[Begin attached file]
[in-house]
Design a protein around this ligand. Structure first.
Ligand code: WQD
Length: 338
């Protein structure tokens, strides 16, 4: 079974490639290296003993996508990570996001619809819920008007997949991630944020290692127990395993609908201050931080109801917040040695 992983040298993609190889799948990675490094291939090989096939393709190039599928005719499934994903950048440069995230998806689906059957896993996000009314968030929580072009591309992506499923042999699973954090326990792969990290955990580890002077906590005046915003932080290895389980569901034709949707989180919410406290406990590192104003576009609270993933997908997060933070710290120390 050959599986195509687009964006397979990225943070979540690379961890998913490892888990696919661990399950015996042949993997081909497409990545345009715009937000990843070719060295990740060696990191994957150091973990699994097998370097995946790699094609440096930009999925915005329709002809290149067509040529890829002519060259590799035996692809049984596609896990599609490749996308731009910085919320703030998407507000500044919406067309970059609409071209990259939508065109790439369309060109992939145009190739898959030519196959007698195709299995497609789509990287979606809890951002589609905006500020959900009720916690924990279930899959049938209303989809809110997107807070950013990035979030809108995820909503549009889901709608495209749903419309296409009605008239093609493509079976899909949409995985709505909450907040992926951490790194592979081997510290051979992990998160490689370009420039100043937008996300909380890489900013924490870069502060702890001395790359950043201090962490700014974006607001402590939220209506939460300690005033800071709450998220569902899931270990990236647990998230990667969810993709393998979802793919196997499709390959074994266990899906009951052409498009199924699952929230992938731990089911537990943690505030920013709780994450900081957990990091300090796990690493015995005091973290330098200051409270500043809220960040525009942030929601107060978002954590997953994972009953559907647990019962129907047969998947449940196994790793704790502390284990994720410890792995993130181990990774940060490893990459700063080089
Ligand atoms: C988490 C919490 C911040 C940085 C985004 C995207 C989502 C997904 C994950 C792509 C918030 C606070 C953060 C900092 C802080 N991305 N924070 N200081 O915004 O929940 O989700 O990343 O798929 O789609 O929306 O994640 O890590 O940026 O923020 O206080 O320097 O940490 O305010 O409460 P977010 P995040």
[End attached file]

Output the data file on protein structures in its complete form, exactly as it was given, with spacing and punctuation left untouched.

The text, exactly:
[in-house]
Design a protein around this ligand. Structure first.
Ligand code: WQD
Length: 338
């Protein structure tokens, strides 16, 4: 079974490639290296003993996508990570996001619809819920008007997949991630944020290692127990395993609908201050931080109801917040040695 992983040298993609190889799948990675490094291939090989096939393709190039599928005719499934994903950048440069995230998806689906059957896993996000009314968030929580072009591309992506499923042999699973954090326990792969990290955990580890002077906590005046915003932080290895389980569901034709949707989180919410406290406990590192104003576009609270993933997908997060933070710290120390 050959599986195509687009964006397979990225943070979540690379961890998913490892888990696919661990399950015996042949993997081909497409990545345009715009937000990843070719060295990740060696990191994957150091973990699994097998370097995946790699094609440096930009999925915005329709002809290149067509040529890829002519060259590799035996692809049984596609896990599609490749996308731009910085919320703030998407507000500044919406067309970059609409071209990259939508065109790439369309060109992939145009190739898959030519196959007698195709299995497609789509990287979606809890951002589609905006500020959900009720916690924990279930899959049938209303989809809110997107807070950013990035979030809108995820909503549009889901709608495209749903419309296409009605008239093609493509079976899909949409995985709505909450907040992926951490790194592979081997510290051979992990998160490689370009420039100043937008996300909380890489900013924490870069502060702890001395790359950043201090962490700014974006607001402590939220209506939460300690005033800071709450998220569902899931270990990236647990998230990667969810993709393998979802793919196997499709390959074994266990899906009951052409498009199924699952929230992938731990089911537990943690505030920013709780994450900081957990990091300090796990690493015995005091973290330098200051409270500043809220960040525009942030929601107060978002954590997953994972009953559907647990019962129907047969998947449940196994790793704790502390284990994720410890792995993130181990990774940060490893990459700063080089
Ligand atoms: C988490 C919490 C911040 C940085 C985004 C995207 C989502 C997904 C994950 C792509 C918030 C606070 C953060 C900092 C802080 N991305 N924070 N200081 O915004 O929940 O989700 O990343 O798929 O789609 O929306 O994640 O890590 O940026 O923020 O206080 O320097 O940490 O305010 O409460 P977010 P995040």